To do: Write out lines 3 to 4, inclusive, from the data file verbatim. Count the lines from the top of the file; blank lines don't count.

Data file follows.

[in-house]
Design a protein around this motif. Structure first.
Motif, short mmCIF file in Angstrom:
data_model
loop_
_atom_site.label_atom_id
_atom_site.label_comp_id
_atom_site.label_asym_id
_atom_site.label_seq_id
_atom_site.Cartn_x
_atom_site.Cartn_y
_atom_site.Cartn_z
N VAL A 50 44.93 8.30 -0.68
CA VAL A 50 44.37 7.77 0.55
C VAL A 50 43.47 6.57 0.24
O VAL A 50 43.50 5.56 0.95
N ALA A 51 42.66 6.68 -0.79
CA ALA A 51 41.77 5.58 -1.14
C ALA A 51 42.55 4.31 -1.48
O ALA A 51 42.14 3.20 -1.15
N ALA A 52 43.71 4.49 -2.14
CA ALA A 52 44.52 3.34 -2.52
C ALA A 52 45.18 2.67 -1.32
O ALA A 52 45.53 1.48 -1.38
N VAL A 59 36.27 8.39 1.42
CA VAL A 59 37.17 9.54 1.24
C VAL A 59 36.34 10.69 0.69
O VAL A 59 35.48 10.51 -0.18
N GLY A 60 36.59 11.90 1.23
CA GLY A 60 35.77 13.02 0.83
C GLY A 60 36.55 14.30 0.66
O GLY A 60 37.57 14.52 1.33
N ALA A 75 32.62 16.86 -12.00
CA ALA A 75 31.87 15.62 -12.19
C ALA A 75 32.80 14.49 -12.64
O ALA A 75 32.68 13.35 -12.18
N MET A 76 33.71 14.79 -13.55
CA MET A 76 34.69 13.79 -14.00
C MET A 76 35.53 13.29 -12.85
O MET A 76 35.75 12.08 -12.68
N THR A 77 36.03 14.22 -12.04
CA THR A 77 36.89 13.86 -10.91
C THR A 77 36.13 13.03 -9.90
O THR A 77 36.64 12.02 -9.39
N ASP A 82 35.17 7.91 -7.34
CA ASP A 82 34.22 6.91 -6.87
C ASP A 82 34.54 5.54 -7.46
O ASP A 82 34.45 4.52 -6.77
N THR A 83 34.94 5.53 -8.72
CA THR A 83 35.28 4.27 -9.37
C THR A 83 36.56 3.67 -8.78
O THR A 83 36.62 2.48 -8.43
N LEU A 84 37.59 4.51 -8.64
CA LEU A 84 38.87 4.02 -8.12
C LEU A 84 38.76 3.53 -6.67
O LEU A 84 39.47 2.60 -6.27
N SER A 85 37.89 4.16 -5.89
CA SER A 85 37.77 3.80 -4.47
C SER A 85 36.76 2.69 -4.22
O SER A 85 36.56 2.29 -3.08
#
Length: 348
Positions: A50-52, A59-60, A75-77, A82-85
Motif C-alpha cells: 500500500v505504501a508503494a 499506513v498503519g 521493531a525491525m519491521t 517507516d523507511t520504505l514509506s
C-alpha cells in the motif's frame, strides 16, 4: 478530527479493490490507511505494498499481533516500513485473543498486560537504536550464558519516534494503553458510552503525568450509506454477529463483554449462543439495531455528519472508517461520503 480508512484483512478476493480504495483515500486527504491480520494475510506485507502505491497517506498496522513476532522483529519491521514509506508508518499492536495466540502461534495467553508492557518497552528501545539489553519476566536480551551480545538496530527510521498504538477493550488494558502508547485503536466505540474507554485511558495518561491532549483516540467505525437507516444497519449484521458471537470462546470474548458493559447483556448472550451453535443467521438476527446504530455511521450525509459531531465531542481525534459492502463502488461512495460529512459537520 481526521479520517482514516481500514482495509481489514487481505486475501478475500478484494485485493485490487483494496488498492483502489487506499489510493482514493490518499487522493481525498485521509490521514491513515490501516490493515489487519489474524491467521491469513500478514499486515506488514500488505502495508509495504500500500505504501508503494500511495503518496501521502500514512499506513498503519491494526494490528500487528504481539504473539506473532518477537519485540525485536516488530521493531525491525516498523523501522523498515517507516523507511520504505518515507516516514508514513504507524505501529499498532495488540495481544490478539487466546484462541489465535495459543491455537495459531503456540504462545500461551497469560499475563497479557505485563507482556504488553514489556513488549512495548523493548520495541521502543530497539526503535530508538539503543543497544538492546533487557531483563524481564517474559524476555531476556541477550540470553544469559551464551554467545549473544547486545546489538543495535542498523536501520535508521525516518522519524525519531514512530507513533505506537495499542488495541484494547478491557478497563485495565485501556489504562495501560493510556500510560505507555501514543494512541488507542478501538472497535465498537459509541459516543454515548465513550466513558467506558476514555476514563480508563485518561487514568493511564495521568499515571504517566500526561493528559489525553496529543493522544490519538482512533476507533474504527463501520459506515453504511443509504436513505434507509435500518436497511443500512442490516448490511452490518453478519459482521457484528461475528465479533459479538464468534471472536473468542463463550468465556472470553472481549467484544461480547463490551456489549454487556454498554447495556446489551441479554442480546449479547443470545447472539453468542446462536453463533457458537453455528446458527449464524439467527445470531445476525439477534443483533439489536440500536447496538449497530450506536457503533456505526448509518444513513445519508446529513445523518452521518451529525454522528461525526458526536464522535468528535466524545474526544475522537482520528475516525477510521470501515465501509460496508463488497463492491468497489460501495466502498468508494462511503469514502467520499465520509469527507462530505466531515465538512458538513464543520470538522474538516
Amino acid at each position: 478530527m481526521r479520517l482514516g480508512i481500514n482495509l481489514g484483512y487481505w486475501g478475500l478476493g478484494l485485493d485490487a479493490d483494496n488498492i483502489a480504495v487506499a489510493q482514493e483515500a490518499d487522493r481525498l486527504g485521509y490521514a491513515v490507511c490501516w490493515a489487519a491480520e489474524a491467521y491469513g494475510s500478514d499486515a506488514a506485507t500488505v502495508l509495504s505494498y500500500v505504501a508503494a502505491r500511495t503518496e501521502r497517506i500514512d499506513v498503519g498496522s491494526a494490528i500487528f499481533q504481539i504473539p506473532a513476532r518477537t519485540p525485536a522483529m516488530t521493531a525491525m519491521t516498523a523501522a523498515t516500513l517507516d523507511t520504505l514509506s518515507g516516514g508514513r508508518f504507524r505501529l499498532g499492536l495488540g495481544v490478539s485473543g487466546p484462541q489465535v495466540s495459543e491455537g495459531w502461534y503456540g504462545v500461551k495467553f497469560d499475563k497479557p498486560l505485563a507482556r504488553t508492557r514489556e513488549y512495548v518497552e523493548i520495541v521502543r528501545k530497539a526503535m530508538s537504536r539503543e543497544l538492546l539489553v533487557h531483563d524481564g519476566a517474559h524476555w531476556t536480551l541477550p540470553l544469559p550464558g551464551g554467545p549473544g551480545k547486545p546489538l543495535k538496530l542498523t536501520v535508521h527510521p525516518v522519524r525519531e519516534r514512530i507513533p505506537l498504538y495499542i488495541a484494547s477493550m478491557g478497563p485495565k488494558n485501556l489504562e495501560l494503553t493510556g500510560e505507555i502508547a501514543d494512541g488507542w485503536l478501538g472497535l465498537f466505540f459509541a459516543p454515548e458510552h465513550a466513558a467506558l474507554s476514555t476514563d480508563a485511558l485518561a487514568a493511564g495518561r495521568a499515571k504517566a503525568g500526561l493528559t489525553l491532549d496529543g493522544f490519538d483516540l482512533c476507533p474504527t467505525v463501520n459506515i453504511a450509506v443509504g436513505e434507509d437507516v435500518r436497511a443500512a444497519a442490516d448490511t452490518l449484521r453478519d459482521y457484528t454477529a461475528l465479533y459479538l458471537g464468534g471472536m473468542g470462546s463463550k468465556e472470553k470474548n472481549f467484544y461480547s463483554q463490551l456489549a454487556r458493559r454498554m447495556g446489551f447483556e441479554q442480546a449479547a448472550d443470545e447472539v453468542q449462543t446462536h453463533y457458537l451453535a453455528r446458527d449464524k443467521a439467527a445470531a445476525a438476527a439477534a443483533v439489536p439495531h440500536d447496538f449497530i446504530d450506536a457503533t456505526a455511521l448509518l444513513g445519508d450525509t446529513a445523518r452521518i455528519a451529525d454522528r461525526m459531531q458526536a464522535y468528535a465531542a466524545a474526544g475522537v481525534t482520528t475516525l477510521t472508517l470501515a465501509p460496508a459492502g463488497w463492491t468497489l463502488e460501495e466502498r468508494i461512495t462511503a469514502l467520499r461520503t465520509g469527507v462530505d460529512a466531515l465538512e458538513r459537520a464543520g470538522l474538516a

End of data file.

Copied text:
Motif, short mmCIF file in Angstrom:
data_model